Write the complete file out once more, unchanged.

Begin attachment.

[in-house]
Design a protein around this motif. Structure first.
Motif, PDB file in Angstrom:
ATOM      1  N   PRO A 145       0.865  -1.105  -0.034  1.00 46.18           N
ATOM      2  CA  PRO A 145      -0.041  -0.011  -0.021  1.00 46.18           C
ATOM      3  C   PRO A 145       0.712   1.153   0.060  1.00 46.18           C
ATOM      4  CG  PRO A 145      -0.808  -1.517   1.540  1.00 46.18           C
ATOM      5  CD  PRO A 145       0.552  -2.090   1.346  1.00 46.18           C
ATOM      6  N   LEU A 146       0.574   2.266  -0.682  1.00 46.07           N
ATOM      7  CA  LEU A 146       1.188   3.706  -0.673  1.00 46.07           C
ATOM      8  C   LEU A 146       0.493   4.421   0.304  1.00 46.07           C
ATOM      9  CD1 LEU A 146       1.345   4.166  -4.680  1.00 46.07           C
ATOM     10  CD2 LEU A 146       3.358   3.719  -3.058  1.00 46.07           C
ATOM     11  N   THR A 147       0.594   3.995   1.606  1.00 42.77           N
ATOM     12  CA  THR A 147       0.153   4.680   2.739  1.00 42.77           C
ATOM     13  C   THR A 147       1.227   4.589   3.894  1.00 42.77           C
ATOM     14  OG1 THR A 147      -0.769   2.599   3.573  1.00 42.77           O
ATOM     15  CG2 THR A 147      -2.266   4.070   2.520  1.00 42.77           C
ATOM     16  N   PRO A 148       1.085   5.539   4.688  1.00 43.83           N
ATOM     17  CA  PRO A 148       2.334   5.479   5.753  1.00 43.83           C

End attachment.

[in-house]
Design a protein around this motif. Structure first.
Motif, PDB file in Angstrom:
ATOM      1  N   PRO A 145       0.865  -1.105  -0.034  1.00 46.18           N
ATOM      2  CA  PRO A 145      -0.041  -0.011  -0.021  1.00 46.18           C
ATOM      3  C   PRO A 145       0.712   1.153   0.060  1.00 46.18           C
ATOM      4  CG  PRO A 145      -0.808  -1.517   1.540  1.00 46.18           C
ATOM      5  CD  PRO A 145       0.552  -2.090   1.346  1.00 46.18           C
ATOM      6  N   LEU A 146       0.574   2.266  -0.682  1.00 46.07           N
ATOM      7  CA  LEU A 146       1.188   3.706  -0.673  1.00 46.07           C
ATOM      8  C   LEU A 146       0.493   4.421   0.304  1.00 46.07           C
ATOM      9  CD1 LEU A 146       1.345   4.166  -4.680  1.00 46.07           C
ATOM     10  CD2 LEU A 146       3.358   3.719  -3.058  1.00 46.07           C
ATOM     11  N   THR A 147       0.594   3.995   1.606  1.00 42.77           N
ATOM     12  CA  THR A 147       0.153   4.680   2.739  1.00 42.77           C
ATOM     13  C   THR A 147       1.227   4.589   3.894  1.00 42.77           C
ATOM     14  OG1 THR A 147      -0.769   2.599   3.573  1.00 42.77           O
ATOM     15  CG2 THR A 147      -2.266   4.070   2.520  1.00 42.77           C
ATOM     16  N   PRO A 148       1.085   5.539   4.688  1.00 43.83           N
ATOM     17  CA  PRO A 148       2.334   5.479   5.753  1.00 43.83           C